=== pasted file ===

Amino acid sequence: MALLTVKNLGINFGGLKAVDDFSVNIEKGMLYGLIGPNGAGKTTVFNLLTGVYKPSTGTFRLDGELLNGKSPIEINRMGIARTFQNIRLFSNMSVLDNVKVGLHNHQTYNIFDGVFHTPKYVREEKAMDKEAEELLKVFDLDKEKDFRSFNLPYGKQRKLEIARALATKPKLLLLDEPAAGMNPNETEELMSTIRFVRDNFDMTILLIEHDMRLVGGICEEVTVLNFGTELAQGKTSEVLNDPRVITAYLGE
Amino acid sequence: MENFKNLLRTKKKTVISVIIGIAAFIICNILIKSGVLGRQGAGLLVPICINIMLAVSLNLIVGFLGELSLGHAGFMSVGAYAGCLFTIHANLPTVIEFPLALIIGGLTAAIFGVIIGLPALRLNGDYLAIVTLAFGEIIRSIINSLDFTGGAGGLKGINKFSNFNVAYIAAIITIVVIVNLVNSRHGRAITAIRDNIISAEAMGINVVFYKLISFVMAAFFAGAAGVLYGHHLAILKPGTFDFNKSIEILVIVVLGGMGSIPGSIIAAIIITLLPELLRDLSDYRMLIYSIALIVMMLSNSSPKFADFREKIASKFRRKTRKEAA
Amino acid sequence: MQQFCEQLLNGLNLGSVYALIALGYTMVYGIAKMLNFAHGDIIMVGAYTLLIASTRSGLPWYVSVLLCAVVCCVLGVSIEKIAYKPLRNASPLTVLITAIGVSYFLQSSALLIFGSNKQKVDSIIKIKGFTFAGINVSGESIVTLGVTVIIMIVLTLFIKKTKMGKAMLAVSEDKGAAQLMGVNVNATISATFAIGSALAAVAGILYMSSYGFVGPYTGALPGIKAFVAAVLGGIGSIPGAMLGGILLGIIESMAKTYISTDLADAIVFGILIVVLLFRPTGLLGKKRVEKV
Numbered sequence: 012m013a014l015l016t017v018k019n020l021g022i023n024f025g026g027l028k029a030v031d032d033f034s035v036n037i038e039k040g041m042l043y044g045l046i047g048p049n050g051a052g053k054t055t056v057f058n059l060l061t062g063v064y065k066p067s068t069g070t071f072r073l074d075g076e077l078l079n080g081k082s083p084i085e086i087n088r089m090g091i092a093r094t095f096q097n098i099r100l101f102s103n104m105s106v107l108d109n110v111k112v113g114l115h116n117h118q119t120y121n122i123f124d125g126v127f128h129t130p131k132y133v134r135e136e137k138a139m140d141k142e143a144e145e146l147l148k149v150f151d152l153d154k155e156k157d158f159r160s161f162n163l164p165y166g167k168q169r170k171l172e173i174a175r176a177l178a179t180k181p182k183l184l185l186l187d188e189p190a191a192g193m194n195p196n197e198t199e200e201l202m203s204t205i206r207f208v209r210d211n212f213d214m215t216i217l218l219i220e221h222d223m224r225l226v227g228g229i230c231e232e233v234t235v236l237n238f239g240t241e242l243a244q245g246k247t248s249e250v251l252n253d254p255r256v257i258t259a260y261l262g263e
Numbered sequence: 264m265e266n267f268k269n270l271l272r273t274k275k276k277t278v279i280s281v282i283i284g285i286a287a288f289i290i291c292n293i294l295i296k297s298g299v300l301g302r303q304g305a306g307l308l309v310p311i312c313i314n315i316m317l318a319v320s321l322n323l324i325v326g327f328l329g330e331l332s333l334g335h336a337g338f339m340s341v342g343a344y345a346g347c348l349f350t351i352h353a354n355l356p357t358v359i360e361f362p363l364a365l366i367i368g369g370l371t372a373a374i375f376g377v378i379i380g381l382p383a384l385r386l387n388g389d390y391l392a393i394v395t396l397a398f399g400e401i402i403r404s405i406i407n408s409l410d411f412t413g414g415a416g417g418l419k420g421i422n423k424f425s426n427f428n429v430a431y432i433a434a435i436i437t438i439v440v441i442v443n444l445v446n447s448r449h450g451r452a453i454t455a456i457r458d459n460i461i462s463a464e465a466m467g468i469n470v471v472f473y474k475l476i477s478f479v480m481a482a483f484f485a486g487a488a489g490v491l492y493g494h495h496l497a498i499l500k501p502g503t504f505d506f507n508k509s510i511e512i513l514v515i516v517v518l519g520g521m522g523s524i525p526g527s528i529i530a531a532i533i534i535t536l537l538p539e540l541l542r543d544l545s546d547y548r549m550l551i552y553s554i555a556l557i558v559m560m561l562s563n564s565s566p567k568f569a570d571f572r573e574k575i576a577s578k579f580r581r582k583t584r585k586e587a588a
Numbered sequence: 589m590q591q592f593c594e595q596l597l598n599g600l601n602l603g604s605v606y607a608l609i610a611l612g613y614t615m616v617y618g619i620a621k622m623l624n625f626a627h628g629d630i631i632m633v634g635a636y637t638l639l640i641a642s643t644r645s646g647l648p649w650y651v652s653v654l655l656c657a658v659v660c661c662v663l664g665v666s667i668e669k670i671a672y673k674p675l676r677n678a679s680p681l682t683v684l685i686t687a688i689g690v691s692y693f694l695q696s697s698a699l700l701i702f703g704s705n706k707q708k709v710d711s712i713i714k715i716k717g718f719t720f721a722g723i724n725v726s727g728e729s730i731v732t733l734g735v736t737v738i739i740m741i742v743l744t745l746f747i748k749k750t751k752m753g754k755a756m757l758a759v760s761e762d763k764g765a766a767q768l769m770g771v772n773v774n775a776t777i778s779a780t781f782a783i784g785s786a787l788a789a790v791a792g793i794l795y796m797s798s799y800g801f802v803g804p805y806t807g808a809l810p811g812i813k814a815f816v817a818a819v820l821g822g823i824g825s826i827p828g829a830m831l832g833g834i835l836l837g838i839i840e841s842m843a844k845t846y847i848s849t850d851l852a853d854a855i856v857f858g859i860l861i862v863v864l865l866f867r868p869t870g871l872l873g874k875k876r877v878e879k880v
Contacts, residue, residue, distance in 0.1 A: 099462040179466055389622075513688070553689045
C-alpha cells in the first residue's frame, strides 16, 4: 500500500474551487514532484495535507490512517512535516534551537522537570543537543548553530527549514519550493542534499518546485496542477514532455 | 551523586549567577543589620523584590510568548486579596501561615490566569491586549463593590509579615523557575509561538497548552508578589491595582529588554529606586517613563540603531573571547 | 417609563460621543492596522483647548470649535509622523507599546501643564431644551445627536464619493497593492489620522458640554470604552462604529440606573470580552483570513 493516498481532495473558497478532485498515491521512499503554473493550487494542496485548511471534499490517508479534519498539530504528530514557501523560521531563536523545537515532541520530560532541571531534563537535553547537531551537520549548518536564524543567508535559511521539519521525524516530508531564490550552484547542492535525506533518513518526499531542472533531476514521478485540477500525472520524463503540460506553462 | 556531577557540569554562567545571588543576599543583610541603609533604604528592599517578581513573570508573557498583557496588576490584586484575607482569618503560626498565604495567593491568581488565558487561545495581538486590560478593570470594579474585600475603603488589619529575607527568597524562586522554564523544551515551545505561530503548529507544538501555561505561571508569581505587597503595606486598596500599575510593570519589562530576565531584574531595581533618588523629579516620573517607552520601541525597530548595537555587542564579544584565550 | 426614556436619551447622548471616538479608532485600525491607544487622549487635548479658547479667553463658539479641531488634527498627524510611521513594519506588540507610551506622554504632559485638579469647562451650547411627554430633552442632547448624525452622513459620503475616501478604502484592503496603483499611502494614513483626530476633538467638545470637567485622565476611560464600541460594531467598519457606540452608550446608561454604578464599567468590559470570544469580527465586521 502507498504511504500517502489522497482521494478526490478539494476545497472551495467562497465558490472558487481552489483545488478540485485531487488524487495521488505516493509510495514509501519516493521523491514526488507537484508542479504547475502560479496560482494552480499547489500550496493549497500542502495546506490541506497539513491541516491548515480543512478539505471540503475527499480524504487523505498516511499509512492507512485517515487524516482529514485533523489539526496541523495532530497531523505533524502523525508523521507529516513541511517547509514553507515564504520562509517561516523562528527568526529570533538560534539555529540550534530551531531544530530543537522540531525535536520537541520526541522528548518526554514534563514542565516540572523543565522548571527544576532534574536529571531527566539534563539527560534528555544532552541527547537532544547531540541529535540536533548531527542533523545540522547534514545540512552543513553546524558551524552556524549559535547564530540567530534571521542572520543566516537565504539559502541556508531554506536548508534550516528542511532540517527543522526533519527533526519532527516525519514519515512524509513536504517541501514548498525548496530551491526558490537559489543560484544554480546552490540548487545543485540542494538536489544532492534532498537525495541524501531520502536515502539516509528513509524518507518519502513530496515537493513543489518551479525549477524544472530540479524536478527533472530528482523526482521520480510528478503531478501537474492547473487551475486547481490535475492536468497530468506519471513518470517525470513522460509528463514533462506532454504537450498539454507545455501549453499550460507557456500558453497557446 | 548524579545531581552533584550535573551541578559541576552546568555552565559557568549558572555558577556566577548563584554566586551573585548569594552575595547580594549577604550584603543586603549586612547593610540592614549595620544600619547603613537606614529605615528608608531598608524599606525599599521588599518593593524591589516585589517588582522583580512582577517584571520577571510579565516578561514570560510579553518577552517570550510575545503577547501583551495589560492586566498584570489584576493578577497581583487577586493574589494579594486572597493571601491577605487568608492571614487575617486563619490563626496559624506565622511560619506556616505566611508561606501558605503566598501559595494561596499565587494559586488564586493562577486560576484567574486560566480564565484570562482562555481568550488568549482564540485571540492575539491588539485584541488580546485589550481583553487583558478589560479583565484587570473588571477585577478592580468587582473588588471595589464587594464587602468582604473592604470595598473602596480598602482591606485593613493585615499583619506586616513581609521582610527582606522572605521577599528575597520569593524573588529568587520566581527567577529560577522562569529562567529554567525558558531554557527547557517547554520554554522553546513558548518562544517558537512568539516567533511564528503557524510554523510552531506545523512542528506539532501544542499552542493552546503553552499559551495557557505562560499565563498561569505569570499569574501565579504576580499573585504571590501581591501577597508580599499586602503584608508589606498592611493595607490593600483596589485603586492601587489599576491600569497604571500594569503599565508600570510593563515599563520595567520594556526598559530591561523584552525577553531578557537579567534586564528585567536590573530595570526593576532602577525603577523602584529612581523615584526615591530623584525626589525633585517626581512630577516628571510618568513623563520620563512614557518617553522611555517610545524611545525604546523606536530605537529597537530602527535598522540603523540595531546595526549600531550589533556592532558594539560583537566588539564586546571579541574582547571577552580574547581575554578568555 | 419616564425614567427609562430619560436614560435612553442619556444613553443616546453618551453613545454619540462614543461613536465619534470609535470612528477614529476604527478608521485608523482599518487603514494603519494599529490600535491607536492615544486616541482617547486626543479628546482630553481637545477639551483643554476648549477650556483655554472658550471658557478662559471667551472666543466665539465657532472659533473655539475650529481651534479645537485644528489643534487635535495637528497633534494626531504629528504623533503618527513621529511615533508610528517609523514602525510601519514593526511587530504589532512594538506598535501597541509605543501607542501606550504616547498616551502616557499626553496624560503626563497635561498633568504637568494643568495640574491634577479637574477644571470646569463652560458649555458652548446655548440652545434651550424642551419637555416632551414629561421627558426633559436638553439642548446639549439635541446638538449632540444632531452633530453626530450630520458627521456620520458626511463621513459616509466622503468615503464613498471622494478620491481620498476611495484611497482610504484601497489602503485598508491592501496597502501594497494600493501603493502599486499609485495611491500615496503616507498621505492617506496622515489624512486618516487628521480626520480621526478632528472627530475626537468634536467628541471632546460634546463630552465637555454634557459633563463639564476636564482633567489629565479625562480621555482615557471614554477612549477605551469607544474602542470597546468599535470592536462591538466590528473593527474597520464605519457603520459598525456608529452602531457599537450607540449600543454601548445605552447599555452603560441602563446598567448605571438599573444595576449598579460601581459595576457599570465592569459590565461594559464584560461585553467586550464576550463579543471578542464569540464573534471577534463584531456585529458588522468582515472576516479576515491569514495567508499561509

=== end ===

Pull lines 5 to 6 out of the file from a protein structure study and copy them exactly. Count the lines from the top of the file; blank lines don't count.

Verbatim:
Numbered sequence: 264m265e266n267f268k269n270l271l272r273t274k275k276k277t278v279i280s281v282i283i284g285i286a287a288f289i290i291c292n293i294l295i296k297s298g299v300l301g302r303q304g305a306g307l308l309v310p311i312c313i314n315i316m317l318a319v320s321l322n323l324i325v326g327f328l329g330e331l332s333l334g335h336a337g338f339m340s341v342g343a344y345a346g347c348l349f350t351i352h353a354n355l356p357t358v359i360e361f362p363l364a365l366i367i368g369g370l371t372a373a374i375f376g377v378i379i380g381l382p383a384l385r386l387n388g389d390y391l392a393i394v395t396l397a398f399g400e401i402i403r404s405i406i407n408s409l410d411f412t413g414g415a416g417g418l419k420g421i422n423k424f425s426n427f428n429v430a431y432i433a434a435i436i437t438i439v440v441i442v443n444l445v446n447s448r449h450g451r452a453i454t455a456i457r458d459n460i461i462s463a464e465a466m467g468i469n470v471v472f473y474k475l476i477s478f479v480m481a482a483f484f485a486g487a488a489g490v491l492y493g494h495h496l497a498i499l500k501p502g503t504f505d506f507n508k509s510i511e512i513l514v515i516v517v518l519g520g521m522g523s524i525p526g527s528i529i530a531a532i533i534i535t536l537l538p539e540l541l542r543d544l545s546d547y548r549m550l551i552y553s554i555a556l557i558v559m560m561l562s563n564s565s566p567k568f569a570d571f572r573e574k575i576a577s578k579f580r581r582k583t584r585k586e587a588a
Numbered sequence: 589m590q591q592f593c594e595q596l597l598n599g600l601n602l603g604s605v606y607a608l609i610a611l612g613y614t615m616v617y618g619i620a621k622m623l624n625f626a627h628g629d630i631i632m633v634g635a636y637t638l639l640i641a642s643t644r645s646g647l648p649w650y651v652s653v654l655l656c657a658v659v660c661c662v663l664g665v666s667i668e669k670i671a672y673k674p675l676r677n678a679s680p681l682t683v684l685i686t687a688i689g690v691s692y693f694l695q696s697s698a699l700l701i702f703g704s705n706k707q708k709v710d711s712i713i714k715i716k717g718f719t720f721a722g723i724n725v726s727g728e729s730i731v732t733l734g735v736t737v738i739i740m741i742v743l744t745l746f747i748k749k750t751k752m753g754k755a756m757l758a759v760s761e762d763k764g765a766a767q768l769m770g771v772n773v774n775a776t777i778s779a780t781f782a783i784g785s786a787l788a789a790v791a792g793i794l795y796m797s798s799y800g801f802v803g804p805y806t807g808a809l810p811g812i813k814a815f816v817a818a819v820l821g822g823i824g825s826i827p828g829a830m831l832g833g834i835l836l837g838i839i840e841s842m843a844k845t846y847i848s849t850d851l852a853d854a855i856v857f858g859i860l861i862v863v864l865l866f867r868p869t870g871l872l873g874k875k876r877v878e879k880v